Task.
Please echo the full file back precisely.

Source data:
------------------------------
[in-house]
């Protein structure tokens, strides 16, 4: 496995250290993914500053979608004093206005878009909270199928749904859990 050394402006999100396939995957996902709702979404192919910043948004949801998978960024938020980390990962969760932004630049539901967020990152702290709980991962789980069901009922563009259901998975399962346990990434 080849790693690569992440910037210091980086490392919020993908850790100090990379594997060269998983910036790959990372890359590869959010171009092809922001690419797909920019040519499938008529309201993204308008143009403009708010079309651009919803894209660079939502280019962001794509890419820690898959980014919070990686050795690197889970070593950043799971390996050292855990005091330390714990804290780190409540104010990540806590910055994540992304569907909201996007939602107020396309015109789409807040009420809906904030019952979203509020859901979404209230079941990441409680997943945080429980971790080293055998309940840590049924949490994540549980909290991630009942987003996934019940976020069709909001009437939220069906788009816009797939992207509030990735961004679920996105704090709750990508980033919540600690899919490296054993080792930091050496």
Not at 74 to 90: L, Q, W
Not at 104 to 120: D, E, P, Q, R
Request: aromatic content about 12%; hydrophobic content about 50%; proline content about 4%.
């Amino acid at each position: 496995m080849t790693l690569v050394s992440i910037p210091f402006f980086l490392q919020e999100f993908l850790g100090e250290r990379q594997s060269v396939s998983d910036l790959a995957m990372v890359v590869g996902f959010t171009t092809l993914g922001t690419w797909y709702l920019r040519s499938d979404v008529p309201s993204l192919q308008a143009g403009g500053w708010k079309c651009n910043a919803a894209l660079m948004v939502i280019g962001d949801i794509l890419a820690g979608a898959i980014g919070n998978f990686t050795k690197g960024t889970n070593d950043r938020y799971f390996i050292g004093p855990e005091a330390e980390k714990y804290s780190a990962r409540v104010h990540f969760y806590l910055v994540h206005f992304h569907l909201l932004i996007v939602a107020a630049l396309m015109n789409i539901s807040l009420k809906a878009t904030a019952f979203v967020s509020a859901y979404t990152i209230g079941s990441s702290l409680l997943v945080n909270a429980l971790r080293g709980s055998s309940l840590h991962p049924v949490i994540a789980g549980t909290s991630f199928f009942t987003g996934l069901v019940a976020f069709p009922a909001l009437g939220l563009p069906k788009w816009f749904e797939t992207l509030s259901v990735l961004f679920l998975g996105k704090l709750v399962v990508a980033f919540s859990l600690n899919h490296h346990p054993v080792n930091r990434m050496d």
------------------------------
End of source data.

[in-house]
């Protein structure tokens, strides 16, 4: 496995250290993914500053979608004093206005878009909270199928749904859990 050394402006999100396939995957996902709702979404192919910043948004949801998978960024938020980390990962969760932004630049539901967020990152702290709980991962789980069901009922563009259901998975399962346990990434 080849790693690569992440910037210091980086490392919020993908850790100090990379594997060269998983910036790959990372890359590869959010171009092809922001690419797909920019040519499938008529309201993204308008143009403009708010079309651009919803894209660079939502280019962001794509890419820690898959980014919070990686050795690197889970070593950043799971390996050292855990005091330390714990804290780190409540104010990540806590910055994540992304569907909201996007939602107020396309015109789409807040009420809906904030019952979203509020859901979404209230079941990441409680997943945080429980971790080293055998309940840590049924949490994540549980909290991630009942987003996934019940976020069709909001009437939220069906788009816009797939992207509030990735961004679920996105704090709750990508980033919540600690899919490296054993080792930091050496």
Not at 74 to 90: L, Q, W
Not at 104 to 120: D, E, P, Q, R
Request: aromatic content about 12%; hydrophobic content about 50%; proline content about 4%.
């Amino acid at each position: 496995m080849t790693l690569v050394s992440i910037p210091f402006f980086l490392q919020e999100f993908l850790g100090e250290r990379q594997s060269v396939s998983d910036l790959a995957m990372v890359v590869g996902f959010t171009t092809l993914g922001t690419w797909y709702l920019r040519s499938d979404v008529p309201s993204l192919q308008a143009g403009g500053w708010k079309c651009n910043a919803a894209l660079m948004v939502i280019g962001d949801i794509l890419a820690g979608a898959i980014g919070n998978f990686t050795k690197g960024t889970n070593d950043r938020y799971f390996i050292g004093p855990e005091a330390e980390k714990y804290s780190a990962r409540v104010h990540f969760y806590l910055v994540h206005f992304h569907l909201l932004i996007v939602a107020a630049l396309m015109n789409i539901s807040l009420k809906a878009t904030a019952f979203v967020s509020a859901y979404t990152i209230g079941s990441s702290l409680l997943v945080n909270a429980l971790r080293g709980s055998s309940l840590h991962p049924v949490i994540a789980g549980t909290s991630f199928f009942t987003g996934l069901v019940a976020f069709p009922a909001l009437g939220l563009p069906k788009w816009f749904e797939t992207l509030s259901v990735l961004f679920l998975g996105k704090l709750v399962v990508a980033f919540s859990l600690n899919h490296h346990p054993v080792n930091r990434m050496d």